From TechCrunch, which takes a look at Nielsen NetRatings numbers over the past few months. Andreessen was right, the strike is launching digital video into the mainstream. Add that to the cancellation of the Golden Globe Awards (the Oscars might be next) and NBC giving money back to advertisers, the Writers’ strike will go down as the turning point for video online.
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Josh Quittner’s latest Techland column at Fortune picks up on Marc Andreessen’s theory that the writers’ strike “is killing an entire season of TV shows. And quite possibly the next season as well. Which will drive even more people to the net, especially kids” to get their video entertainment.
I agree (and Josh quotes me in the piece, too):
Edwards says that, while the near-term effect of the writers’ strike is hard to parse, he believes that in the coming months and years, Net TV will pay off — mainly because advertising dollars will increasingly flow there. “Premium online video has always sold well,” he says. “Big brand advertisers for years haven’t been able to find enough video inventory that they consider ‘quality.’ I do think stumbling TV ratings (both from the Tivo effect and from the writers’ strike) will drive more video ad dollars online — it literally has to. Ratings that drop fast mean networks are giving advertisers part of their money back, and digital will benefit.”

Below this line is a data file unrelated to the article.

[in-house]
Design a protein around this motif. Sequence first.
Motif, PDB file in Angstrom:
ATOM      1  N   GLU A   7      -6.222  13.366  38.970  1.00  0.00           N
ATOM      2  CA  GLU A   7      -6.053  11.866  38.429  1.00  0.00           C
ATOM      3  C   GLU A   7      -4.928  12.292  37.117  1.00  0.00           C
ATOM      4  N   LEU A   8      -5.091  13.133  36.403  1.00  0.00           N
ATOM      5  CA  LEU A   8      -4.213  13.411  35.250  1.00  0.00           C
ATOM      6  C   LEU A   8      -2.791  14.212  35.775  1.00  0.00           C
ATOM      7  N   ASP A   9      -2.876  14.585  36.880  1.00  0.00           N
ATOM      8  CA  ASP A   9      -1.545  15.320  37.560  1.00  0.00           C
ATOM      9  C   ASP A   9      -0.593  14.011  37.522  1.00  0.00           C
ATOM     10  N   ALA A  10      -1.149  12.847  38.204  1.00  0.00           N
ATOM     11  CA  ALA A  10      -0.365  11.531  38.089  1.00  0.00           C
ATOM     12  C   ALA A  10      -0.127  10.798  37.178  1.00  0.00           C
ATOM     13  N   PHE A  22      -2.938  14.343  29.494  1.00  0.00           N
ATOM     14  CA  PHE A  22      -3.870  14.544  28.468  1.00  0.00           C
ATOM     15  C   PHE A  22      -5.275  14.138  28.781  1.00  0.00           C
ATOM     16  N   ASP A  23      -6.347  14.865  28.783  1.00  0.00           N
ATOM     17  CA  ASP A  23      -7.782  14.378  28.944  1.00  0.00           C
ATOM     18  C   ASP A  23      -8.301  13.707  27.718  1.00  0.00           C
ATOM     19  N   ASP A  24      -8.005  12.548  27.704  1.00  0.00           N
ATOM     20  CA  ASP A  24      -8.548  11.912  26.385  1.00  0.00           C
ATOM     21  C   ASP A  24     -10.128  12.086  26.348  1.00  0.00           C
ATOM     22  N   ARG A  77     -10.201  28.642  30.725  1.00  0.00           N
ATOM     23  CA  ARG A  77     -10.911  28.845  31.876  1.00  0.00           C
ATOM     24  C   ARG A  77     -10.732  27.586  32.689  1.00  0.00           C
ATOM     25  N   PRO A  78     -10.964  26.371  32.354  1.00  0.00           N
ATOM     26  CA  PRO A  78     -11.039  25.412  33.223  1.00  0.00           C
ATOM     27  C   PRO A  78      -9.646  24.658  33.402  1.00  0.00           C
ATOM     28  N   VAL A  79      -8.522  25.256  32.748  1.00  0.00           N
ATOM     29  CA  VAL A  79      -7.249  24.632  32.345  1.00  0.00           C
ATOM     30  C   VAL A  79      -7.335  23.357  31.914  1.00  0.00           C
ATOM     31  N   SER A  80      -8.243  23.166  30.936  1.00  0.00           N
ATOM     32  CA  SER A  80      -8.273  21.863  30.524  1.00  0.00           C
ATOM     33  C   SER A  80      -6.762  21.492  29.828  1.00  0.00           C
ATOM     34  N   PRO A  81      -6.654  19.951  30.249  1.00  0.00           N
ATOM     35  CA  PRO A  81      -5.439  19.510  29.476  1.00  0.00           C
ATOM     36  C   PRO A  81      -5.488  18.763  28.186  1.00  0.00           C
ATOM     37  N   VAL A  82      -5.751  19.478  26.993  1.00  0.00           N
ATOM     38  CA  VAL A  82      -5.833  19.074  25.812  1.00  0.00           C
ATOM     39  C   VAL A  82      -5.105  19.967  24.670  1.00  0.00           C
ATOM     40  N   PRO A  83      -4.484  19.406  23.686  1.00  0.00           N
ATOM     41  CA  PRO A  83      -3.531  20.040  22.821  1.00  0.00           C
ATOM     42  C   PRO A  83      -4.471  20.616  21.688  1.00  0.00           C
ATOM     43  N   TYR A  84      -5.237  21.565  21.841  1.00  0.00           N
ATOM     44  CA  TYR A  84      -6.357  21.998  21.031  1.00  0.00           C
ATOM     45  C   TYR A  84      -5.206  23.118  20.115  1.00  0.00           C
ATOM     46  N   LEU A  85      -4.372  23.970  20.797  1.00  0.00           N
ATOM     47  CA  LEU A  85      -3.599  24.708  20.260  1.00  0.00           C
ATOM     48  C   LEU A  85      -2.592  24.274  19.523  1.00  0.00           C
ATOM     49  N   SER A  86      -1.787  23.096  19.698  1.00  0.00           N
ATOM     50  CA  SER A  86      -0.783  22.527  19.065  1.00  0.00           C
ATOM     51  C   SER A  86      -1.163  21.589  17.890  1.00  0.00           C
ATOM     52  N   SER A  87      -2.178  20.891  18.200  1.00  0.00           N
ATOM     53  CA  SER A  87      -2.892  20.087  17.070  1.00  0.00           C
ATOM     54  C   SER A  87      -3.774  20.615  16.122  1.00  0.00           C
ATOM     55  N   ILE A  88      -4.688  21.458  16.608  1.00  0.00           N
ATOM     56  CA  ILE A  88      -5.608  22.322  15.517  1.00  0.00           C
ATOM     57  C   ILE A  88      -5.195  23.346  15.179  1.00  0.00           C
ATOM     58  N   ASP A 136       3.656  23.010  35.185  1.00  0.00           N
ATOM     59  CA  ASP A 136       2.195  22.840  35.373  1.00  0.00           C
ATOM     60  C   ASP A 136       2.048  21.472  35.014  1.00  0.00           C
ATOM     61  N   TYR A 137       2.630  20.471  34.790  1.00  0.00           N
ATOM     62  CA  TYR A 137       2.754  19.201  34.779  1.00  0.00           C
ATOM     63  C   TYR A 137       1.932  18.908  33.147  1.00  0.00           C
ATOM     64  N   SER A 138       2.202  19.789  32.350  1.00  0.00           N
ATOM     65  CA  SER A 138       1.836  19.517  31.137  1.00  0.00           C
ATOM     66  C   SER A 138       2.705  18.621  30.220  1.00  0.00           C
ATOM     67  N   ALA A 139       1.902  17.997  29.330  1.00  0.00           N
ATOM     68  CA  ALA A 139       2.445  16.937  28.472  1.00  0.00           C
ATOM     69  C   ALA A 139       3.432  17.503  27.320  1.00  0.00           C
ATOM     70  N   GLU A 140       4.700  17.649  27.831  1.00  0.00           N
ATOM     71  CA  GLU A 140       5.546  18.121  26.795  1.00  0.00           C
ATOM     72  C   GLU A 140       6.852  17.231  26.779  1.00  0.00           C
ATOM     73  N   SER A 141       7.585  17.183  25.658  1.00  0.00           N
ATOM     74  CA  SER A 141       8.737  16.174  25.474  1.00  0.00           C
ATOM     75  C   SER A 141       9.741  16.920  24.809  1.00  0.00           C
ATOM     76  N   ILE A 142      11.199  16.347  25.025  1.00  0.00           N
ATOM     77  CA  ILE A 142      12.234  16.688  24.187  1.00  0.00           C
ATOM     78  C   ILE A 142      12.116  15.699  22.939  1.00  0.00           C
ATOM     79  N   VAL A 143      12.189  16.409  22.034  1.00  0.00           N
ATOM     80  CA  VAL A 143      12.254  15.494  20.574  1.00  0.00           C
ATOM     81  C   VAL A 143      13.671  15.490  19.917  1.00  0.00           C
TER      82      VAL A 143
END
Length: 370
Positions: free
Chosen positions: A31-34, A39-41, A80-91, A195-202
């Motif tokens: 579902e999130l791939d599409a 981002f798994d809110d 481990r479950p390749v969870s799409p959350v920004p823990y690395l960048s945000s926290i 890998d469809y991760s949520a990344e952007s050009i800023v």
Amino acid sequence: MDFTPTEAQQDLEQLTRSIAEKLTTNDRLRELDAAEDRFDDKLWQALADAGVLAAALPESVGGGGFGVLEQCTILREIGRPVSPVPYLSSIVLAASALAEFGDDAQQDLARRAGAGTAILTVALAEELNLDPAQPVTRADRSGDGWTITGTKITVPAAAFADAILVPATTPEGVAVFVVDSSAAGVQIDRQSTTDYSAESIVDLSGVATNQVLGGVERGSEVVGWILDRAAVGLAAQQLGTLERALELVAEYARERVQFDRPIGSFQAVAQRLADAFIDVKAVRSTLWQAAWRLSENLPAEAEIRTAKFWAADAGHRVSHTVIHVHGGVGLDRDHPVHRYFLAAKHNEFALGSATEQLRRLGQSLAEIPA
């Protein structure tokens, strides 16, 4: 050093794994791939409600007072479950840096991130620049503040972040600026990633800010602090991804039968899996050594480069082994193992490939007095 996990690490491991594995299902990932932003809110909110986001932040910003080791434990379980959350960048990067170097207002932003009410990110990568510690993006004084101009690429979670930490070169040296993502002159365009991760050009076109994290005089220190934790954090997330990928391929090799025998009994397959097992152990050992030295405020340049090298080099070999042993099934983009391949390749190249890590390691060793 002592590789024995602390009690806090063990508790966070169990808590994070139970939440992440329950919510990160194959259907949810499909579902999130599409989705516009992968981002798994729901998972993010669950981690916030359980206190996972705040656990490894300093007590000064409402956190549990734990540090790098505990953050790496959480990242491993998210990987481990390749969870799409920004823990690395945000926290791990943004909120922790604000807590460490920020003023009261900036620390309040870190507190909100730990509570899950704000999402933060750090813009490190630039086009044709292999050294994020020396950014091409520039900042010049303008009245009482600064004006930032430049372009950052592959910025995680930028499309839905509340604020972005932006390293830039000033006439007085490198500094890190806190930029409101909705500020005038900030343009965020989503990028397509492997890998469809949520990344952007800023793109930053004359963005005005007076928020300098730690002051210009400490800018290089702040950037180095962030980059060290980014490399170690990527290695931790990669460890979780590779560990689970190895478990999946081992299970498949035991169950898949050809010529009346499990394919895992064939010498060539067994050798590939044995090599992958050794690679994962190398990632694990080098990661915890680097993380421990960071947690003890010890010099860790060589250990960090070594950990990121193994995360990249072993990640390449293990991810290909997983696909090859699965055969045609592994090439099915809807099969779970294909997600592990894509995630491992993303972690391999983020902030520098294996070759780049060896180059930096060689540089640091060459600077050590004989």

At the time of the interview, I thought that last line was a tad hyperbolic. Usually under-performing networks “make good” to advertisers with a bunch of free spots, rather than actually giving money back. And then I saw this, NBC plans to give money back. Tough times in TV.
The people behind the curtain at iTunes are out with their “Best of 2007″ lists. Two of my favorites (and FM partners) made the cut — Boing Boing TV in the “New This Year: Video” category, and Ask A Ninja in the “Classics: Video” category.
“See the list of TV networks featured on iTunes at right? NBC used to be right after National Geographic. Its absence leaves a very noticeable hole, and is a marked reminder of how Apple is not able to dominate digital video to the same extent that it has digital music.”